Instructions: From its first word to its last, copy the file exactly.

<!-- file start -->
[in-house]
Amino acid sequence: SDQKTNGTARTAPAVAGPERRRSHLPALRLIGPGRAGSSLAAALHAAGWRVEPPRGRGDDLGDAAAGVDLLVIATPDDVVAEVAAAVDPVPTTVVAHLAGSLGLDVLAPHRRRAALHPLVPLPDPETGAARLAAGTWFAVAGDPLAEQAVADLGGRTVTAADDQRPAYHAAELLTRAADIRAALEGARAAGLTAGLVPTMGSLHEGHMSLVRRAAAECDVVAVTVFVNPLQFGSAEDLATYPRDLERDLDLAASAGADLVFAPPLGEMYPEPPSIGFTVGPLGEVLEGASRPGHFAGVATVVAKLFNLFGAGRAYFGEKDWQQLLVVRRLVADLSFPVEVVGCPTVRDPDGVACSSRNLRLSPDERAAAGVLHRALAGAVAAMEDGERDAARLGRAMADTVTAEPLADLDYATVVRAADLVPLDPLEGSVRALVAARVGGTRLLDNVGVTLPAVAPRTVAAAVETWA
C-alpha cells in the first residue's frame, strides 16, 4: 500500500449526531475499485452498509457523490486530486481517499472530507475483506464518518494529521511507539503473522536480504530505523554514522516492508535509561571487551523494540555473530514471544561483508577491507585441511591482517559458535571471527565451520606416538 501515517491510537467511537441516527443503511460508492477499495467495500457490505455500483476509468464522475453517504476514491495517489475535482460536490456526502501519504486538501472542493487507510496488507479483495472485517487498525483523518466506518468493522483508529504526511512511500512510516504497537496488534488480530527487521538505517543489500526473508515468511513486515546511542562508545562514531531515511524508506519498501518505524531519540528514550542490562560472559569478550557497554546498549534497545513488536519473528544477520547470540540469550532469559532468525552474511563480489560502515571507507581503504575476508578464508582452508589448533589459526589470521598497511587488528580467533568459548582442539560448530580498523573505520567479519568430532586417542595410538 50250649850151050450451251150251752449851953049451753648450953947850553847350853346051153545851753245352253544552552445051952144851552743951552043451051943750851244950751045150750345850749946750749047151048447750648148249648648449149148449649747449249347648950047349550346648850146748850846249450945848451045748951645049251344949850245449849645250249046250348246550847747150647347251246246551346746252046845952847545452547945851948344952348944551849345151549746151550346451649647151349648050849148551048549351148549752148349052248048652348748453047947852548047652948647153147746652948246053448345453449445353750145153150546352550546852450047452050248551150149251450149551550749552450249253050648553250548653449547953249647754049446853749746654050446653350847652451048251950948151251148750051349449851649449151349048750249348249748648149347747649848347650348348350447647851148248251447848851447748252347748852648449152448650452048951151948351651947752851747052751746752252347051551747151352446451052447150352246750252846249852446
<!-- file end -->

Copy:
[in-house]
Amino acid sequence: SDQKTNGTARTAPAVAGPERRRSHLPALRLIGPGRAGSSLAAALHAAGWRVEPPRGRGDDLGDAAAGVDLLVIATPDDVVAEVAAAVDPVPTTVVAHLAGSLGLDVLAPHRRRAALHPLVPLPDPETGAARLAAGTWFAVAGDPLAEQAVADLGGRTVTAADDQRPAYHAAELLTRAADIRAALEGARAAGLTAGLVPTMGSLHEGHMSLVRRAAAECDVVAVTVFVNPLQFGSAEDLATYPRDLERDLDLAASAGADLVFAPPLGEMYPEPPSIGFTVGPLGEVLEGASRPGHFAGVATVVAKLFNLFGAGRAYFGEKDWQQLLVVRRLVADLSFPVEVVGCPTVRDPDGVACSSRNLRLSPDERAAAGVLHRALAGAVAAMEDGERDAARLGRAMADTVTAEPLADLDYATVVRAADLVPLDPLEGSVRALVAARVGGTRLLDNVGVTLPAVAPRTVAAAVETWA
C-alpha cells in the first residue's frame, strides 16, 4: 500500500449526531475499485452498509457523490486530486481517499472530507475483506464518518494529521511507539503473522536480504530505523554514522516492508535509561571487551523494540555473530514471544561483508577491507585441511591482517559458535571471527565451520606416538 501515517491510537467511537441516527443503511460508492477499495467495500457490505455500483476509468464522475453517504476514491495517489475535482460536490456526502501519504486538501472542493487507510496488507479483495472485517487498525483523518466506518468493522483508529504526511512511500512510516504497537496488534488480530527487521538505517543489500526473508515468511513486515546511542562508545562514531531515511524508506519498501518505524531519540528514550542490562560472559569478550557497554546498549534497545513488536519473528544477520547470540540469550532469559532468525552474511563480489560502515571507507581503504575476508578464508582452508589448533589459526589470521598497511587488528580467533568459548582442539560448530580498523573505520567479519568430532586417542595410538 50250649850151050450451251150251752449851953049451753648450953947850553847350853346051153545851753245352253544552552445051952144851552743951552043451051943750851244950751045150750345850749946750749047151048447750648148249648648449149148449649747449249347648950047349550346648850146748850846249450945848451045748951645049251344949850245449849645250249046250348246550847747150647347251246246551346746252046845952847545452547945851948344952348944551849345151549746151550346451649647151349648050849148551048549351148549752148349052248048652348748453047947852548047652948647153147746652948246053448345453449445353750145153150546352550546852450047452050248551150149251450149551550749552450249253050648553250548653449547953249647754049446853749746654050446653350847652451048251950948151251148750051349449851649449151349048750249348249748648149347747649848347650348348350447647851148248251447848851447748252347748852648449152448650452048951151948351651947752851747052751746752252347051551747151352446451052447150352246750252846249852446